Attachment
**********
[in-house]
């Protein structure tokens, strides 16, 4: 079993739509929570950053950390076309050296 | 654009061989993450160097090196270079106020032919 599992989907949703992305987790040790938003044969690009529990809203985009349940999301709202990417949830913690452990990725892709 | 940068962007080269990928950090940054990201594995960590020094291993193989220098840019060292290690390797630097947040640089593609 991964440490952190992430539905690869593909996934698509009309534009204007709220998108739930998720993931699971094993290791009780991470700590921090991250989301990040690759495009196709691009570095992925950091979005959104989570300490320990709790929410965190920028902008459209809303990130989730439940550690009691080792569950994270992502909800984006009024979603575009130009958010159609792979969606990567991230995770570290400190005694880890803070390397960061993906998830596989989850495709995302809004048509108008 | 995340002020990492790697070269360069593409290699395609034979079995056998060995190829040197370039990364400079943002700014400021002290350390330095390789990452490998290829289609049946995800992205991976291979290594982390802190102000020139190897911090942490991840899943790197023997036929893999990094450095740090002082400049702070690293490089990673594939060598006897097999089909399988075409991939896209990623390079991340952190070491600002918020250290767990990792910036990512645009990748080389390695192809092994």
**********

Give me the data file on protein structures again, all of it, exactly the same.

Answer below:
[in-house]
């Protein structure tokens, strides 16, 4: 079993739509929570950053950390076309050296 | 654009061989993450160097090196270079106020032919 599992989907949703992305987790040790938003044969690009529990809203985009349940999301709202990417949830913690452990990725892709 | 940068962007080269990928950090940054990201594995960590020094291993193989220098840019060292290690390797630097947040640089593609 991964440490952190992430539905690869593909996934698509009309534009204007709220998108739930998720993931699971094993290791009780991470700590921090991250989301990040690759495009196709691009570095992925950091979005959104989570300490320990709790929410965190920028902008459209809303990130989730439940550690009691080792569950994270992502909800984006009024979603575009130009958010159609792979969606990567991230995770570290400190005694880890803070390397960061993906998830596989989850495709995302809004048509108008 | 995340002020990492790697070269360069593409290699395609034979079995056998060995190829040197370039990364400079943002700014400021002290350390330095390789990452490998290829289609049946995800992205991976291979290594982390802190102000020139190897911090942490991840899943790197023997036929893999990094450095740090002082400049702070690293490089990673594939060598006897097999089909399988075409991939896209990623390079991340952190070491600002918020250290767990990792910036990512645009990748080389390695192809092994």